Well, that just about concludes a traditional blog entry.  It’s never as good, is it?  How about I tell you about what I ate?  That’ll add to the boredom level.  I think I’m going to have sandwiches and soup for dinner.  I can’t handle making any more meals with rice or noodles.  I’ll probably have at least two cups of tea.  Actually, I forgot to mention the bloody gaijin musical.  We made it back just in time to watch the performance in my town.  I’ll be honest… every year the musical is performed I get a bit annoyed at everyone involved in it.  The JET community becomes this cliquey mess of impromptu dances and songs.  Still, there is no doubt everyone works hard and they put on a very good show for the old folk in the prefecture.  I think this year's was the best I've seen in the past few years.  It is very professional and well done for the scattered JETs who can only meet up at weekends occasionally.  My friend Michelle was exceptionally good in it.  She managed to sing some sort of gospel/soul song in Japanese which I thought would be impossible.  The musical itself is performed in the local dialect and it usually mixes a western and Japanese fairytale.  It does work even though I like to think if the opposite was to happen back home.  “Hey Scots!  Please come and watch some Japanese people perform in Glaswegian!”  Actually, that would be wonderful.  Right… work is finished.  Goodbye.

*There is no grass in Japan.

Edit:  I saw a second performance of the musical and it was fantastic.  Just incase anyone stumbles upon it and thinks I was too harsh.  It was very good indeed.

4 comments:

Super Awesome Guy said...

Shame I couldn't make it to the Soccer mate. Bogged down as I was with babysitting exchange students from Port Lincoln. It was great getting 27 hours Daikyu in one week, but those buggers ruined two weekends in a row -_-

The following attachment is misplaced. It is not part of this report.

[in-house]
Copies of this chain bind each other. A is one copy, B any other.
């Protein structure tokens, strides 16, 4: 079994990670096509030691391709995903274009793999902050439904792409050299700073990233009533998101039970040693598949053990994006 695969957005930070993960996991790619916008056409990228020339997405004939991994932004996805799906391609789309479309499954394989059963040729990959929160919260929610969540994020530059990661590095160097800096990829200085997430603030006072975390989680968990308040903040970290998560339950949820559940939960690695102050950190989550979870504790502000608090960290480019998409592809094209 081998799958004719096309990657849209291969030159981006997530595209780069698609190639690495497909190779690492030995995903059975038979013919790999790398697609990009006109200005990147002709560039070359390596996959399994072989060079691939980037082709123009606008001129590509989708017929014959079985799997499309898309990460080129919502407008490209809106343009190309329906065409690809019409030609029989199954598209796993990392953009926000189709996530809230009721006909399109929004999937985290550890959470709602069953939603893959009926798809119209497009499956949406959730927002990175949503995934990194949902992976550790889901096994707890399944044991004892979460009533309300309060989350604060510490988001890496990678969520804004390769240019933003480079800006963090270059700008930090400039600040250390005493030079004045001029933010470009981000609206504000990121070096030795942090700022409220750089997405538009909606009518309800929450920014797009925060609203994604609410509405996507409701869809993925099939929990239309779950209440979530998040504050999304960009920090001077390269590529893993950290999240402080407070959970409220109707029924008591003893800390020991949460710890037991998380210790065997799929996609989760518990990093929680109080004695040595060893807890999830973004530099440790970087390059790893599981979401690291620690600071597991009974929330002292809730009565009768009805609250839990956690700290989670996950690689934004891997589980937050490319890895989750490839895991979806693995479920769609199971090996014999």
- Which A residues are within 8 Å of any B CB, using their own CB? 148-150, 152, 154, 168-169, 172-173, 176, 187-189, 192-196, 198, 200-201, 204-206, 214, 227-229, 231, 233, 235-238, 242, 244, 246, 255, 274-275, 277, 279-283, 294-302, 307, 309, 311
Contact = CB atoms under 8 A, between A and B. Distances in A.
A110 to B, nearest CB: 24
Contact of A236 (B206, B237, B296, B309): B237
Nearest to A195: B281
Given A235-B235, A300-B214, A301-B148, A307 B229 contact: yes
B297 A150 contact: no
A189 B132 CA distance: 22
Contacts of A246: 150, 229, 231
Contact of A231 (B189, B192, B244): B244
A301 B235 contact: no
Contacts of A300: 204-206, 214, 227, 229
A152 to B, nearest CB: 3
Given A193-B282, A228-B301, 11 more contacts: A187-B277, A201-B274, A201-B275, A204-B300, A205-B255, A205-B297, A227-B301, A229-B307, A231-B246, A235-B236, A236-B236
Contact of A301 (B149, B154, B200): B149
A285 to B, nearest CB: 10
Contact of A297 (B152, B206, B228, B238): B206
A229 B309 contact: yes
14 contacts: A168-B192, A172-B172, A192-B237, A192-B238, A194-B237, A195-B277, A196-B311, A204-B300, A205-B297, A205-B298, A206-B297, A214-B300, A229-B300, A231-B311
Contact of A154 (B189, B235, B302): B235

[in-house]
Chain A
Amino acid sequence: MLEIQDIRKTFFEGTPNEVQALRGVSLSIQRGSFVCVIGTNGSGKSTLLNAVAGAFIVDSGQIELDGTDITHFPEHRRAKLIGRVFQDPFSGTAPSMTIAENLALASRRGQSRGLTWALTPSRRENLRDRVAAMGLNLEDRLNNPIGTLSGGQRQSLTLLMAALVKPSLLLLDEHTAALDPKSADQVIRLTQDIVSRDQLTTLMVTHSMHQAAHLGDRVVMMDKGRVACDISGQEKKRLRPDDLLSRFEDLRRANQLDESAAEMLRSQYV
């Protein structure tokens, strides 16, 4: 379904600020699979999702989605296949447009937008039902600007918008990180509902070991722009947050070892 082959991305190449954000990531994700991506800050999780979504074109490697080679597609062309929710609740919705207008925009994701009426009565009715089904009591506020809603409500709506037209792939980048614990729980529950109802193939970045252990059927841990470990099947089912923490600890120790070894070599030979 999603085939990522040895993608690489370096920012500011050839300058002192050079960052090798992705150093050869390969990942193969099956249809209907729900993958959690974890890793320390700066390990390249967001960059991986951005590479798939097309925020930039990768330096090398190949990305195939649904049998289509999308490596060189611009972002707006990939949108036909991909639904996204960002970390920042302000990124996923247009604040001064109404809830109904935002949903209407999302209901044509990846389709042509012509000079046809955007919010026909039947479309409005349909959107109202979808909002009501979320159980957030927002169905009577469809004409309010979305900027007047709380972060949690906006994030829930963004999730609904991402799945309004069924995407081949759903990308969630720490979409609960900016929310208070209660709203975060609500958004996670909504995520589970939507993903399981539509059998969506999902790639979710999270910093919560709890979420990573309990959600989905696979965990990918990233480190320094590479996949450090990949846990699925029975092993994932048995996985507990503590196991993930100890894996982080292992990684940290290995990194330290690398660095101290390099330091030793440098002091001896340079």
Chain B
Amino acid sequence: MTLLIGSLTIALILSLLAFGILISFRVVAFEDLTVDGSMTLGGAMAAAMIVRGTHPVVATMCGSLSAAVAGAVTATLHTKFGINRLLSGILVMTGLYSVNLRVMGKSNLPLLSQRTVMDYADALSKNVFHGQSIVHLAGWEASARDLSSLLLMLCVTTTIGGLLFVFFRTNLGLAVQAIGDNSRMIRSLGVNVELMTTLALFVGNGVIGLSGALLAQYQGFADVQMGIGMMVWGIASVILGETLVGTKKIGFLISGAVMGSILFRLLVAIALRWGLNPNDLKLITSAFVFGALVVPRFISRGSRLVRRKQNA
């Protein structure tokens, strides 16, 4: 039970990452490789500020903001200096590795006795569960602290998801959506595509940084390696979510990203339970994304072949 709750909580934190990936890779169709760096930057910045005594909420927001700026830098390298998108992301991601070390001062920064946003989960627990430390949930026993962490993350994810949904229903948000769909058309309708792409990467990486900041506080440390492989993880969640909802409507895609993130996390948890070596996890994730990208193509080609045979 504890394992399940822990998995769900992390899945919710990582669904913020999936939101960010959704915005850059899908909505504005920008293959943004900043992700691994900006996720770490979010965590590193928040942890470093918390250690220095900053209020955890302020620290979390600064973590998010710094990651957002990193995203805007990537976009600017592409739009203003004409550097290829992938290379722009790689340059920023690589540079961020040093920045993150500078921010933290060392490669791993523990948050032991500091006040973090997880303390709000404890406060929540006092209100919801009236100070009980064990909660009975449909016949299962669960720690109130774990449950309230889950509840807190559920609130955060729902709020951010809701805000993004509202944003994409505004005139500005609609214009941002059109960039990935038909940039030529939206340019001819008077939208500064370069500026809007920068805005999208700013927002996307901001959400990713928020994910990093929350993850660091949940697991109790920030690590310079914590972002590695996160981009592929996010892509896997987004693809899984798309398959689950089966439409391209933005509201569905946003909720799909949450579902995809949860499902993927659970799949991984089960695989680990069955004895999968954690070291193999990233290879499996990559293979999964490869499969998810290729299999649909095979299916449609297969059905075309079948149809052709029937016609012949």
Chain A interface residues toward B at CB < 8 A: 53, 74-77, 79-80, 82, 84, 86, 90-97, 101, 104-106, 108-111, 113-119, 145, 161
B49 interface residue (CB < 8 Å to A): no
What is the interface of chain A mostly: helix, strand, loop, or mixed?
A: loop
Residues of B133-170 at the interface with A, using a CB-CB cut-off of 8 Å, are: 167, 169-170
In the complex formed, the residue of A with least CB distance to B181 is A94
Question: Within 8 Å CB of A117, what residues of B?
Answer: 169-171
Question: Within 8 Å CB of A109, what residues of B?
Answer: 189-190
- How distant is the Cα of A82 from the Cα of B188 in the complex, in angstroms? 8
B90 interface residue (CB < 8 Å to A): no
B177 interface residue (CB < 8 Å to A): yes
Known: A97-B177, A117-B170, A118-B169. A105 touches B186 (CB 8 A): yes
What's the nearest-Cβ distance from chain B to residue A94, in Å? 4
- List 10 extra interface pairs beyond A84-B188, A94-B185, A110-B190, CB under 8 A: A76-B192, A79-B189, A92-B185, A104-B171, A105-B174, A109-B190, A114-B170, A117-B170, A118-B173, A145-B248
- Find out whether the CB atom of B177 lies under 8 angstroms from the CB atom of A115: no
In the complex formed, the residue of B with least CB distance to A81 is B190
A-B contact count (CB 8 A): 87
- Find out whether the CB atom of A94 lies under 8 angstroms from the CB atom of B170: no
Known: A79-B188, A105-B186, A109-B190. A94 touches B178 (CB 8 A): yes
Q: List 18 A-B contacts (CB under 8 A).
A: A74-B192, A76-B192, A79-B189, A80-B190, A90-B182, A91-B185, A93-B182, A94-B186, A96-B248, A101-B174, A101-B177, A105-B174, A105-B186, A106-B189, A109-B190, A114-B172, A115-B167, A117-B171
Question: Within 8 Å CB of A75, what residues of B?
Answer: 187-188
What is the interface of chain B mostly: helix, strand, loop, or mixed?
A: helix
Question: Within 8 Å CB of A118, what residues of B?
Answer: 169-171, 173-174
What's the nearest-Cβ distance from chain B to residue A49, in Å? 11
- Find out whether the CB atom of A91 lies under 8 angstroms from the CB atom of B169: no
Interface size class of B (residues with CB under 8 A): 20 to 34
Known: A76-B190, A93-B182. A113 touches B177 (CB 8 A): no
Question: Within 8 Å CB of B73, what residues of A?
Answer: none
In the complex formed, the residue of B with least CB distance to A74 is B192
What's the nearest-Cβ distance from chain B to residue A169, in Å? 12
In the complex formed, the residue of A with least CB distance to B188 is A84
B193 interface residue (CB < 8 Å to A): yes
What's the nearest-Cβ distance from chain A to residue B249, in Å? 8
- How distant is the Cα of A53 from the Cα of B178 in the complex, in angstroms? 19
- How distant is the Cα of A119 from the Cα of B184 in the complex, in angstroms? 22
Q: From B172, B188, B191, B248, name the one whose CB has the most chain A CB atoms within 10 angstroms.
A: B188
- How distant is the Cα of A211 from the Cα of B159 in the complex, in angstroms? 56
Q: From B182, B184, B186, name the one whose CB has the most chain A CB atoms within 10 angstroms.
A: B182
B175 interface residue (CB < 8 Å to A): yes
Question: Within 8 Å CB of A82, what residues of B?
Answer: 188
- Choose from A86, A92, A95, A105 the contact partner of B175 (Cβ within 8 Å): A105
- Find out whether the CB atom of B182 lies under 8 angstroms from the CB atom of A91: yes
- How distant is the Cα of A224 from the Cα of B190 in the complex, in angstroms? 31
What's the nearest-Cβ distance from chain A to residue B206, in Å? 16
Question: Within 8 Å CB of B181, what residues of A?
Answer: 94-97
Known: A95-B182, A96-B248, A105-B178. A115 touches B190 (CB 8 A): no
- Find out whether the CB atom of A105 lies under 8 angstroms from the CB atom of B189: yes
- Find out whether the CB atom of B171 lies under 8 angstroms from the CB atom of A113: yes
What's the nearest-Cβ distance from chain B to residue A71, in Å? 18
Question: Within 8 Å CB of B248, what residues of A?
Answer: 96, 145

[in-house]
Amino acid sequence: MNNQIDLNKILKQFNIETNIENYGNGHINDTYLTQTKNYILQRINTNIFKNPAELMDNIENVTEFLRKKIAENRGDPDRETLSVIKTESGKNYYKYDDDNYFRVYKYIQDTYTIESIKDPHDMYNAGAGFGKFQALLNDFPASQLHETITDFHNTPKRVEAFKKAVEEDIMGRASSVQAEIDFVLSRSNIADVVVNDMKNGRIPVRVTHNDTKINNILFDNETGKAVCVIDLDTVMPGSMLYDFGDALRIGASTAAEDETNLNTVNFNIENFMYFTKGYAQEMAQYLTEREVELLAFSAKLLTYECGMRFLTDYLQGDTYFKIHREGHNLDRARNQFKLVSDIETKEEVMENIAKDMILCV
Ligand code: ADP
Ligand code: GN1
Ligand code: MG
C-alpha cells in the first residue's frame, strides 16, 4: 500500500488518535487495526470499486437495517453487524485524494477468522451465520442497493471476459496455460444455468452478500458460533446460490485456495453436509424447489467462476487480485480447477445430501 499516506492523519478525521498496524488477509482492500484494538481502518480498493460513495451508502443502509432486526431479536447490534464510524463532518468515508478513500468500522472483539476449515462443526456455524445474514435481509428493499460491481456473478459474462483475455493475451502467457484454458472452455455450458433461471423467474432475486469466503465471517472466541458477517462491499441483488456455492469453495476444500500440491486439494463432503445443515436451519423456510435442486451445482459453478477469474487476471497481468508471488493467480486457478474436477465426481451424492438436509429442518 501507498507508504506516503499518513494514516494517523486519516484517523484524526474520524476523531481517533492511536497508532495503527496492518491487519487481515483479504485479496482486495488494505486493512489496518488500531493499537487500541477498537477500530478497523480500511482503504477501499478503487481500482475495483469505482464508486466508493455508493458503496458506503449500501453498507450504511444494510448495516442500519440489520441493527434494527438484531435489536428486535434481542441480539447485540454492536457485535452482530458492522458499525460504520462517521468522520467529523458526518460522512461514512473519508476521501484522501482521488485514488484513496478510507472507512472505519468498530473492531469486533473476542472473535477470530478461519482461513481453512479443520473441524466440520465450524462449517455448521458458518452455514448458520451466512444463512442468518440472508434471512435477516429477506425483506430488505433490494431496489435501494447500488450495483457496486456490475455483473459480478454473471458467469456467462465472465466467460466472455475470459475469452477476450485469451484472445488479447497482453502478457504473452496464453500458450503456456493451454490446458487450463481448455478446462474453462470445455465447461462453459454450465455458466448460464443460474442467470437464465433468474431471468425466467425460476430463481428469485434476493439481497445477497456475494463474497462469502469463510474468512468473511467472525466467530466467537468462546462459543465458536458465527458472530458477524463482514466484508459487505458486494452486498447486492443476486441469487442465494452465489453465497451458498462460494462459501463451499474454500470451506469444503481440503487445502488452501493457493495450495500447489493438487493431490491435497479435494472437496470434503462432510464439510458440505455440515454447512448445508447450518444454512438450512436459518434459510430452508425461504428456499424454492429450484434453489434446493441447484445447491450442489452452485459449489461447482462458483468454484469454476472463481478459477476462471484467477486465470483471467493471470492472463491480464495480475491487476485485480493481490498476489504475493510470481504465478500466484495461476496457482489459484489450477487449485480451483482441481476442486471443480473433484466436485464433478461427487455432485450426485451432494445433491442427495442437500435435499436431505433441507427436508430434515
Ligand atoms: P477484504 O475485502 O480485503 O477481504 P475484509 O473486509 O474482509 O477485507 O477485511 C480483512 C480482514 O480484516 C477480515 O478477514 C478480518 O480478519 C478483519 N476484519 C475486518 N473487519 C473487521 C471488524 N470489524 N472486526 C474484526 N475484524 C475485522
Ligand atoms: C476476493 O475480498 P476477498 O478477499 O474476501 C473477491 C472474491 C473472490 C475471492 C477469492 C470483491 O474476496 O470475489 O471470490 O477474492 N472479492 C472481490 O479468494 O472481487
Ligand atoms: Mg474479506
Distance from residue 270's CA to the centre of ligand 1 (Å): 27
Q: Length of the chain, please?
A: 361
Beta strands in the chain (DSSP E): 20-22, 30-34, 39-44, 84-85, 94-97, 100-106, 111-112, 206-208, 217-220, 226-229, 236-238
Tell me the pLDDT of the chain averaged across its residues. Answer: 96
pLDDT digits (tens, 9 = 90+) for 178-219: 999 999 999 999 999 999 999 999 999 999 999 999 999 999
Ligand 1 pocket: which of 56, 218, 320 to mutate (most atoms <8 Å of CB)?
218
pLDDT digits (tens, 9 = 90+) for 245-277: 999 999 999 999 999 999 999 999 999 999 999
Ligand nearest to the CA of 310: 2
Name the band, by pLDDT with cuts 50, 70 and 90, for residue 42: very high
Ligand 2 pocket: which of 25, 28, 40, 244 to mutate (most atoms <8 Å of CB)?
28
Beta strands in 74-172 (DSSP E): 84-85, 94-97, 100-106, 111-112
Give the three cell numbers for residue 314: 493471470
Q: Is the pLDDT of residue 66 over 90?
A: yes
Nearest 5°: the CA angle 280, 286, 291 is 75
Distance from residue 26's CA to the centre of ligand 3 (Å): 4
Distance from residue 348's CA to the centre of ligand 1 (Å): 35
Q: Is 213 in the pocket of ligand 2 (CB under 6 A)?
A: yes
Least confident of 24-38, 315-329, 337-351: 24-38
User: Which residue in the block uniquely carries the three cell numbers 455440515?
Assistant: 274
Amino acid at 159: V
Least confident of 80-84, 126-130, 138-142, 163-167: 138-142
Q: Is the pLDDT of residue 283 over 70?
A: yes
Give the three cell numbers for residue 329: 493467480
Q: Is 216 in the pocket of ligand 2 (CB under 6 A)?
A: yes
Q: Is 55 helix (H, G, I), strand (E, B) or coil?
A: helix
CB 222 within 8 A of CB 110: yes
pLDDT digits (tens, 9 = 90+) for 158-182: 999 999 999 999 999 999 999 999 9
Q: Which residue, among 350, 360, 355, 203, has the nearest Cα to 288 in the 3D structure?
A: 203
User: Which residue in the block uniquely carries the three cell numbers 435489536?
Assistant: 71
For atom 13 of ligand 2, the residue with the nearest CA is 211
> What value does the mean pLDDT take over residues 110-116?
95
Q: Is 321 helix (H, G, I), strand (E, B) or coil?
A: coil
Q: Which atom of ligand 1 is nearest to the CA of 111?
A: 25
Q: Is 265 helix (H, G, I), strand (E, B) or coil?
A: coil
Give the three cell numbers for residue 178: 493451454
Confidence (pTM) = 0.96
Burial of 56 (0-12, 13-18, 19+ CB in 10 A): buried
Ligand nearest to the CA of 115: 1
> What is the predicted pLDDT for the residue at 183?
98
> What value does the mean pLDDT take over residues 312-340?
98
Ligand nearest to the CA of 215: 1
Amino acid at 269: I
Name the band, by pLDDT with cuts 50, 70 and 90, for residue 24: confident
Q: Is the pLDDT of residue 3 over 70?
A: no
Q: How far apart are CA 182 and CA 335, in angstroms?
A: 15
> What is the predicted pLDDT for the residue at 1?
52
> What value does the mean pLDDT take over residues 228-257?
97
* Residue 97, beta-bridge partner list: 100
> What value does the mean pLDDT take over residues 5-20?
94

I would have really enjoyed it and might even get involved next year if you don't mind a non-JET coming down for it. Good Bloggin, keep up the hard work.

Also I feel ya on the Sakura. Stupid Gaijin.

Anonymous said...

"I’ll be honest… every year the musical is performed I get a bit annoyed at everyone involved in it. The JET community becomes this cliquey mess of impromptu dances and songs."

Ouch!

Lt. Columbo said...

I follow this blog from all the way over in moscow (although im english)and cant get enough of the cynicism.
keep em' coming !

Ahoy hoy said...

Super Awesome: Yer, it's a shame we didn't have a team. You should come to the rugby next month.

Anonymous: I liked the musical. I broke my leg in my first year and lived like a hermit. I went to the city to help with the musical just after and wasn't noticed as everyone was too high on their thespian pedestal. Then there were the performances at the bowling, hirome, and my spare room.

Cheers Lt. Columbo. I'm sure my miserable and cynical nature will continue to post this drivel for the rest of my time here.

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About Me

I am a 24 year old Scotsman currently teaching English to Japanese schoolchildren. I live in a small town on the east coast of Kochi prefecture.

Shashins